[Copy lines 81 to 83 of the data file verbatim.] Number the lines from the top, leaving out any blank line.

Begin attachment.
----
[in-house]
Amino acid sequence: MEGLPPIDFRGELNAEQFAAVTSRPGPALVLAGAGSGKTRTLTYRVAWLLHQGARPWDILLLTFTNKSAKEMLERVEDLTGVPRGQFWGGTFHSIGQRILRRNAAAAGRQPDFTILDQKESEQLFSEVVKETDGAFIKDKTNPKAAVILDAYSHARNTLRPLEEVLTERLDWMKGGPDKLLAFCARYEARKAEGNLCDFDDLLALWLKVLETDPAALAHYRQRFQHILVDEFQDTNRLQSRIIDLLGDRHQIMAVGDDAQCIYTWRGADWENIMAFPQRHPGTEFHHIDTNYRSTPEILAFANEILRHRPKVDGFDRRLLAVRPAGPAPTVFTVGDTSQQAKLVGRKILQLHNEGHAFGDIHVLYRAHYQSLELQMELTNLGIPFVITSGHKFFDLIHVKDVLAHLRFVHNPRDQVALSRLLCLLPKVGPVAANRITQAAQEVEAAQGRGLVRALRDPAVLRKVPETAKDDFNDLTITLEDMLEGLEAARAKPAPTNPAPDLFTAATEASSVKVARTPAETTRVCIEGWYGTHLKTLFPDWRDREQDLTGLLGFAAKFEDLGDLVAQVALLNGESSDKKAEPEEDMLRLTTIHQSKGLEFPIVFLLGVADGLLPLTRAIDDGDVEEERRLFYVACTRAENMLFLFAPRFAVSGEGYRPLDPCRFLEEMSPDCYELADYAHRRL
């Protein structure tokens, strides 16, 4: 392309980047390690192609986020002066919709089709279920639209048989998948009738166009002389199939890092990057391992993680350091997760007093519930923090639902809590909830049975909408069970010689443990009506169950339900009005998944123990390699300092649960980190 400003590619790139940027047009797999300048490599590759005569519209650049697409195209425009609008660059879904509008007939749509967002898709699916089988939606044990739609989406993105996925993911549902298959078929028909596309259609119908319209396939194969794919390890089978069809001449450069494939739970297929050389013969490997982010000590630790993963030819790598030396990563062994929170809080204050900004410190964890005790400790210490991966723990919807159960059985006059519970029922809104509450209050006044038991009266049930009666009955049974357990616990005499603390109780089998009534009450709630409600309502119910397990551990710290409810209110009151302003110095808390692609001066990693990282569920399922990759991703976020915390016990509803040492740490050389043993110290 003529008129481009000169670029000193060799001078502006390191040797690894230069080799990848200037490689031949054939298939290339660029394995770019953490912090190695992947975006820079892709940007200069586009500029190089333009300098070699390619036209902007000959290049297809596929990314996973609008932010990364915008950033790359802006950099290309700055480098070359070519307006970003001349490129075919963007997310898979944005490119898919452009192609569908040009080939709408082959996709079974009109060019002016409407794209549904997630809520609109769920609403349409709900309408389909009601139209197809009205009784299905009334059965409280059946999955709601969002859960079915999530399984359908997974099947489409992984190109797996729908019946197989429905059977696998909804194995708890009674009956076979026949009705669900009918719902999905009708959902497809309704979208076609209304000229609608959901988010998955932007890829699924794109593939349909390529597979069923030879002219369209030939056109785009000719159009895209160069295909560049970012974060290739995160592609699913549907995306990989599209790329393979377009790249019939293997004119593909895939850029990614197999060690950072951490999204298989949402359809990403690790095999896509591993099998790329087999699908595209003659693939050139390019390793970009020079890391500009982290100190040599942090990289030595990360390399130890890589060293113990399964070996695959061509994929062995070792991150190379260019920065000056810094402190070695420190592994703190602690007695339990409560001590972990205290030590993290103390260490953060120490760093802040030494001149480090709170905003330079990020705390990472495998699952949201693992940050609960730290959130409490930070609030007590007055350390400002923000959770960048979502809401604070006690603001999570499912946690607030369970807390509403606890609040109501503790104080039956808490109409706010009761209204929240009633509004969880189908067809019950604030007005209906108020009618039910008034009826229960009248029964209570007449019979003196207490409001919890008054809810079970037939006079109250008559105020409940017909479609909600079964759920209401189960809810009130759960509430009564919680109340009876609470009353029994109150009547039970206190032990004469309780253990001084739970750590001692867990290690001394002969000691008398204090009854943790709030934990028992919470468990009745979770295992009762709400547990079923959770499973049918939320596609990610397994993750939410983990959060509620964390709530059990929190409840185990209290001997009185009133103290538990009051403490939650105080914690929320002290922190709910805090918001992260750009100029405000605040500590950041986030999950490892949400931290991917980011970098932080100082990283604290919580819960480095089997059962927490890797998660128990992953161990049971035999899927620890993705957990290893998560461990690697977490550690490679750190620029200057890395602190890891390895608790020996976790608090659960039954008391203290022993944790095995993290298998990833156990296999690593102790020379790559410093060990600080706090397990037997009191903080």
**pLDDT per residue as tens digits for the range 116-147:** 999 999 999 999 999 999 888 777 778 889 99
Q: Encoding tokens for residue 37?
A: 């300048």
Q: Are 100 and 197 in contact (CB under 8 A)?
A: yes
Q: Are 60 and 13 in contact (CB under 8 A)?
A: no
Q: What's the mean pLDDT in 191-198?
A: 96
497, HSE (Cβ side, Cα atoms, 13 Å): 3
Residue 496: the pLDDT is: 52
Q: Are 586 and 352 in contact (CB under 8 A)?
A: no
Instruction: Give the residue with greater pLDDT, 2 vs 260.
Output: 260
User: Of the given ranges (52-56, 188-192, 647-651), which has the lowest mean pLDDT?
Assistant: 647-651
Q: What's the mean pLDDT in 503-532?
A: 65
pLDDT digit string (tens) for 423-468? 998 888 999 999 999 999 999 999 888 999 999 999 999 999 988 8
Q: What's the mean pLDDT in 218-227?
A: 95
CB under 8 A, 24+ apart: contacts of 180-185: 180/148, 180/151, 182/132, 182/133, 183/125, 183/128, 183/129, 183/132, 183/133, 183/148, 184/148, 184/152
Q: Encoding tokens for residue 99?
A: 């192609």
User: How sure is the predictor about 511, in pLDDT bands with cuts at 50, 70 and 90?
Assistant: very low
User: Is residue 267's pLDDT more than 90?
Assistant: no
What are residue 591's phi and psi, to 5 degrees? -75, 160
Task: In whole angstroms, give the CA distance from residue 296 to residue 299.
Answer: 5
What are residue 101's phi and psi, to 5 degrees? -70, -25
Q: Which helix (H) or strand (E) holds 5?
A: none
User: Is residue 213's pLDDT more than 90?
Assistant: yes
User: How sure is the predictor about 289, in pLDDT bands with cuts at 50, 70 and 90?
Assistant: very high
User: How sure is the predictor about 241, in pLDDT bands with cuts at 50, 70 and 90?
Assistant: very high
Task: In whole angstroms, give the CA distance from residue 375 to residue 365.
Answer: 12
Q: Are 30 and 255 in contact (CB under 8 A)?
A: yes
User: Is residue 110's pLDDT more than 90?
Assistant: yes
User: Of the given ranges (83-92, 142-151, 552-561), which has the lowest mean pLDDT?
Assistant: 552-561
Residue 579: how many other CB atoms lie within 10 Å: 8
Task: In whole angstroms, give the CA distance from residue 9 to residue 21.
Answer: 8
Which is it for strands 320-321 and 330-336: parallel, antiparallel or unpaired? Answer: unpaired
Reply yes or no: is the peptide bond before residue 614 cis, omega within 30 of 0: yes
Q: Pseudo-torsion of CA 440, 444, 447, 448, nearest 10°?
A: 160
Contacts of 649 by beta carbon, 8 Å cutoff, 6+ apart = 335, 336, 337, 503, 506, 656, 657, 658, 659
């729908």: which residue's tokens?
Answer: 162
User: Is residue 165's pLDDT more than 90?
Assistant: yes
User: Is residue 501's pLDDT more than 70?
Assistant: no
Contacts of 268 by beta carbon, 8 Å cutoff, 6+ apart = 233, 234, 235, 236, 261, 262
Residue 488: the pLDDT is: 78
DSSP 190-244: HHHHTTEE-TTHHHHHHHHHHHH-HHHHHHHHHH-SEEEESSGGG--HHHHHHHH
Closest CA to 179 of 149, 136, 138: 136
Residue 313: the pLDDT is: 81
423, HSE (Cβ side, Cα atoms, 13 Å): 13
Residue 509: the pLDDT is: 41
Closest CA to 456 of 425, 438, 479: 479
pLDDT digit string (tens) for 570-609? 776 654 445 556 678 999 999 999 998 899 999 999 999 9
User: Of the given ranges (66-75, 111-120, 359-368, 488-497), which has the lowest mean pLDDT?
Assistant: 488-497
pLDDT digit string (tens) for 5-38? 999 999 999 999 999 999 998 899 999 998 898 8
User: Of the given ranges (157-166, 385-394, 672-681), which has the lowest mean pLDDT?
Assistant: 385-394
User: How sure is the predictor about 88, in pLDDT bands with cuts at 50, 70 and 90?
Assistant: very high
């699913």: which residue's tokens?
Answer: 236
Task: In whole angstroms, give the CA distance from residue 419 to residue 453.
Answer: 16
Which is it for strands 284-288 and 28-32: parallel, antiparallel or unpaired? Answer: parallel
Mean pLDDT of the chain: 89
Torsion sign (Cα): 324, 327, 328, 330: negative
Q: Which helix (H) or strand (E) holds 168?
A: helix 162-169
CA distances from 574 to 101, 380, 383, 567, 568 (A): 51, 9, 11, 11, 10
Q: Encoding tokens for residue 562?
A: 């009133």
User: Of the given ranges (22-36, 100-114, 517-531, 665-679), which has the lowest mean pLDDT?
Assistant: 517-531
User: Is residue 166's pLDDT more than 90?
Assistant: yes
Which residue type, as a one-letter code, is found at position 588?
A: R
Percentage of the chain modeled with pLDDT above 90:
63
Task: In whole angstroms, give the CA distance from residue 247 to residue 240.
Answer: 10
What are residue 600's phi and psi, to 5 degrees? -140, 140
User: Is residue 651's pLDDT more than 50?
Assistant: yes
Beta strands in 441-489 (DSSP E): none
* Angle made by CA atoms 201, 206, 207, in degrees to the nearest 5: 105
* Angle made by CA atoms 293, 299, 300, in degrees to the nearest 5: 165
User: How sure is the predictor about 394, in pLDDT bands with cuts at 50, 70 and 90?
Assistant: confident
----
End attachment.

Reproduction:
User: How sure is the predictor about 88, in pLDDT bands with cuts at 50, 70 and 90?
Assistant: very high
């699913």: which residue's tokens?